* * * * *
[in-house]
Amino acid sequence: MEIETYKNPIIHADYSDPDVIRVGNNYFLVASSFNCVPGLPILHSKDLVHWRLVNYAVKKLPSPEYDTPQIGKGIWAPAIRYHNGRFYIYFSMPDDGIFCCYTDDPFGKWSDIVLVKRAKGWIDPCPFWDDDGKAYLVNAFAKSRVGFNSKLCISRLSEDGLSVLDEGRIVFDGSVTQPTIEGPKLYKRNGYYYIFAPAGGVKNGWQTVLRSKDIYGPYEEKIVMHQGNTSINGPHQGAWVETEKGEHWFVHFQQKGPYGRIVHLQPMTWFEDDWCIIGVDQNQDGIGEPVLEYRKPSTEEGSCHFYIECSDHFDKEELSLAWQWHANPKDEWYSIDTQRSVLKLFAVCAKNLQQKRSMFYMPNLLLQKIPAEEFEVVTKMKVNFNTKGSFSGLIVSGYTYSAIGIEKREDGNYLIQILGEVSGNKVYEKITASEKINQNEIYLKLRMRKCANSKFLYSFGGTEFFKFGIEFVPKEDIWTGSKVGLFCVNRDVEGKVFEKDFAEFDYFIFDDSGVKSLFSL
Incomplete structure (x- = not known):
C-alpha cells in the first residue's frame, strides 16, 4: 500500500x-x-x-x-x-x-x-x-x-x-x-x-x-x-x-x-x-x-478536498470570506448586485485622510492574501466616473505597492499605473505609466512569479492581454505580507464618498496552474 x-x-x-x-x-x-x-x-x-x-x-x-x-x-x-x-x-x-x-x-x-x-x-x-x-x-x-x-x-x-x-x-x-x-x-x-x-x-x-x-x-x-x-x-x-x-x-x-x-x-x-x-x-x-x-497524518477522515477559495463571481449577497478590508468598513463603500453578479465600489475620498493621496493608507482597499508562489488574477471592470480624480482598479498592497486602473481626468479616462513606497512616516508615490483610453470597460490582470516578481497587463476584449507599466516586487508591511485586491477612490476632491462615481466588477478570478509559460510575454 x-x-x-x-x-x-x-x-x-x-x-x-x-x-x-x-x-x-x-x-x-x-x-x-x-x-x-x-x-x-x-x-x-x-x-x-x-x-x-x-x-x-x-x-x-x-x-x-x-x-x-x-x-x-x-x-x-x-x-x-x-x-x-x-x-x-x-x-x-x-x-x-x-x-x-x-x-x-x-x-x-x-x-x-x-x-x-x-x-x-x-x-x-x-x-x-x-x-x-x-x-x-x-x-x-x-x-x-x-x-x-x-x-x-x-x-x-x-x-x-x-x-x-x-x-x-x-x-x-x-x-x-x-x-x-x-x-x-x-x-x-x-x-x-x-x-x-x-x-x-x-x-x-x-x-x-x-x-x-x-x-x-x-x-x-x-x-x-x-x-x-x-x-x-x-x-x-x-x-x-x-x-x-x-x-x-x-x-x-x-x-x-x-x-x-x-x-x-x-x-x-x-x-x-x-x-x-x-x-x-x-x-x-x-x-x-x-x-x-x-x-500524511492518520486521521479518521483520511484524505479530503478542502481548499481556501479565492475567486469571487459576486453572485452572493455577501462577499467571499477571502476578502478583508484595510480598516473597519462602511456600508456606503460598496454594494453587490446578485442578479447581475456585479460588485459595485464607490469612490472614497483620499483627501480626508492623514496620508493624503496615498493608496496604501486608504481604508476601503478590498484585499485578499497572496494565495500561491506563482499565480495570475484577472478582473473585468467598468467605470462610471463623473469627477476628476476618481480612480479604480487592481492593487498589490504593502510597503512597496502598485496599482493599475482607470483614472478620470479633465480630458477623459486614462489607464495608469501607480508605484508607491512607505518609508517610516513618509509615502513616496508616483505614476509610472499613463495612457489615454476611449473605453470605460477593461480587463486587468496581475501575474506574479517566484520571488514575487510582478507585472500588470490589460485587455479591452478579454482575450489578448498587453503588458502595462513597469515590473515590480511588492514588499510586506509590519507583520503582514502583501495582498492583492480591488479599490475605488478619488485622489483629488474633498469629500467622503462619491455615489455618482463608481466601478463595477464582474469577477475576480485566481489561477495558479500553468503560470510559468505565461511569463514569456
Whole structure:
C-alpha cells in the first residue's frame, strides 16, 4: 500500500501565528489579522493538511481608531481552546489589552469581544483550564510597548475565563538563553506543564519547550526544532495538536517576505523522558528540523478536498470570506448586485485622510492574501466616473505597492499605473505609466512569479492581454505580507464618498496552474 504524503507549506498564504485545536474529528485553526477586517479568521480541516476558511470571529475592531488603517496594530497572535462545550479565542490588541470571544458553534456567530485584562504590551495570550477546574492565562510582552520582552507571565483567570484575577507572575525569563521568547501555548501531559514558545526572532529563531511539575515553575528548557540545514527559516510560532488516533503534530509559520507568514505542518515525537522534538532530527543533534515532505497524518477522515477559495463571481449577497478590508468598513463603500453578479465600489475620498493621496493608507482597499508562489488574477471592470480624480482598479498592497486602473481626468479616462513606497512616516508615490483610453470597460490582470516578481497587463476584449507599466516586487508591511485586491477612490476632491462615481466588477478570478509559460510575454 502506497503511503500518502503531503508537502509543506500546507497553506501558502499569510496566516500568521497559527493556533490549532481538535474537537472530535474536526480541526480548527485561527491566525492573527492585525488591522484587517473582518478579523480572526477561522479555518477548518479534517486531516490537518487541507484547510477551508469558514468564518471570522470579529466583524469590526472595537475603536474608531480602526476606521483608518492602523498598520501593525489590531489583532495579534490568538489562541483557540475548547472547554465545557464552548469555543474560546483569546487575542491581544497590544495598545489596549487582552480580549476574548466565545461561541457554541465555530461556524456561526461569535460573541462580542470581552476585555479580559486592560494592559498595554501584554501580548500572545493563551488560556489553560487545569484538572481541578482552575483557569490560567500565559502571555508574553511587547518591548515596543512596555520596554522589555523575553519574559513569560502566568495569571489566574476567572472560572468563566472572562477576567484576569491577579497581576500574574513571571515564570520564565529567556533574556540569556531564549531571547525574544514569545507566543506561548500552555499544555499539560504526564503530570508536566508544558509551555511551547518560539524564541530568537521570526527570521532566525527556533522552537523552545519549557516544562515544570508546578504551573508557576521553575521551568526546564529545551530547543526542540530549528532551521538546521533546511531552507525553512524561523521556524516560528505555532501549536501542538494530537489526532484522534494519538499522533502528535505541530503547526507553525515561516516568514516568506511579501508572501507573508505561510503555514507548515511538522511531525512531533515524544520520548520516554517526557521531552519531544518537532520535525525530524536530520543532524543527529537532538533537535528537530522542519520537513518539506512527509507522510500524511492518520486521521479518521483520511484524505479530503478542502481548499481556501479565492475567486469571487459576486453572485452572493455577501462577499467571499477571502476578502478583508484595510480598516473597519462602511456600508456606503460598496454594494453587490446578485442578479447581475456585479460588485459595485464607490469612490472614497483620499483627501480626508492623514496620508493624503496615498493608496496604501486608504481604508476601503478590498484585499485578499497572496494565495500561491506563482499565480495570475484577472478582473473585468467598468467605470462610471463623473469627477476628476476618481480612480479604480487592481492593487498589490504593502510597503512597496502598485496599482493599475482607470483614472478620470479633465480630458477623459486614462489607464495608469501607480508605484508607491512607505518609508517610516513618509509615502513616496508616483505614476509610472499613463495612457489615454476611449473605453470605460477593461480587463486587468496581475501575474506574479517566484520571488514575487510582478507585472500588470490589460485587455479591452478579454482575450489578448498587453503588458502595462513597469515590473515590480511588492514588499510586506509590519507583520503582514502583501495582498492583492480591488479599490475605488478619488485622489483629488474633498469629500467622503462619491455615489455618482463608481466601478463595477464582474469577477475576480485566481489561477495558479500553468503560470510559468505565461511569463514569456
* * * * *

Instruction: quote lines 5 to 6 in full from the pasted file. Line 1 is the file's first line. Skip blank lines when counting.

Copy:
Whole structure:
C-alpha cells in the first residue's frame, strides 16, 4: 500500500501565528489579522493538511481608531481552546489589552469581544483550564510597548475565563538563553506543564519547550526544532495538536517576505523522558528540523478536498470570506448586485485622510492574501466616473505597492499605473505609466512569479492581454505580507464618498496552474 504524503507549506498564504485545536474529528485553526477586517479568521480541516476558511470571529475592531488603517496594530497572535462545550479565542490588541470571544458553534456567530485584562504590551495570550477546574492565562510582552520582552507571565483567570484575577507572575525569563521568547501555548501531559514558545526572532529563531511539575515553575528548557540545514527559516510560532488516533503534530509559520507568514505542518515525537522534538532530527543533534515532505497524518477522515477559495463571481449577497478590508468598513463603500453578479465600489475620498493621496493608507482597499508562489488574477471592470480624480482598479498592497486602473481626468479616462513606497512616516508615490483610453470597460490582470516578481497587463476584449507599466516586487508591511485586491477612490476632491462615481466588477478570478509559460510575454 502506497503511503500518502503531503508537502509543506500546507497553506501558502499569510496566516500568521497559527493556533490549532481538535474537537472530535474536526480541526480548527485561527491566525492573527492585525488591522484587517473582518478579523480572526477561522479555518477548518479534517486531516490537518487541507484547510477551508469558514468564518471570522470579529466583524469590526472595537475603536474608531480602526476606521483608518492602523498598520501593525489590531489583532495579534490568538489562541483557540475548547472547554465545557464552548469555543474560546483569546487575542491581544497590544495598545489596549487582552480580549476574548466565545461561541457554541465555530461556524456561526461569535460573541462580542470581552476585555479580559486592560494592559498595554501584554501580548500572545493563551488560556489553560487545569484538572481541578482552575483557569490560567500565559502571555508574553511587547518591548515596543512596555520596554522589555523575553519574559513569560502566568495569571489566574476567572472560572468563566472572562477576567484576569491577579497581576500574574513571571515564570520564565529567556533574556540569556531564549531571547525574544514569545507566543506561548500552555499544555499539560504526564503530570508536566508544558509551555511551547518560539524564541530568537521570526527570521532566525527556533522552537523552545519549557516544562515544570508546578504551573508557576521553575521551568526546564529545551530547543526542540530549528532551521538546521533546511531552507525553512524561523521556524516560528505555532501549536501542538494530537489526532484522534494519538499522533502528535505541530503547526507553525515561516516568514516568506511579501508572501507573508505561510503555514507548515511538522511531525512531533515524544520520548520516554517526557521531552519531544518537532520535525525530524536530520543532524543527529537532538533537535528537530522542519520537513518539506512527509507522510500524511492518520486521521479518521483520511484524505479530503478542502481548499481556501479565492475567486469571487459576486453572485452572493455577501462577499467571499477571502476578502478583508484595510480598516473597519462602511456600508456606503460598496454594494453587490446578485442578479447581475456585479460588485459595485464607490469612490472614497483620499483627501480626508492623514496620508493624503496615498493608496496604501486608504481604508476601503478590498484585499485578499497572496494565495500561491506563482499565480495570475484577472478582473473585468467598468467605470462610471463623473469627477476628476476618481480612480479604480487592481492593487498589490504593502510597503512597496502598485496599482493599475482607470483614472478620470479633465480630458477623459486614462489607464495608469501607480508605484508607491512607505518609508517610516513618509509615502513616496508616483505614476509610472499613463495612457489615454476611449473605453470605460477593461480587463486587468496581475501575474506574479517566484520571488514575487510582478507585472500588470490589460485587455479591452478579454482575450489578448498587453503588458502595462513597469515590473515590480511588492514588499510586506509590519507583520503582514502583501495582498492583492480591488479599490475605488478619488485622489483629488474633498469629500467622503462619491455615489455618482463608481466601478463595477464582474469577477475576480485566481489561477495558479500553468503560470510559468505565461511569463514569456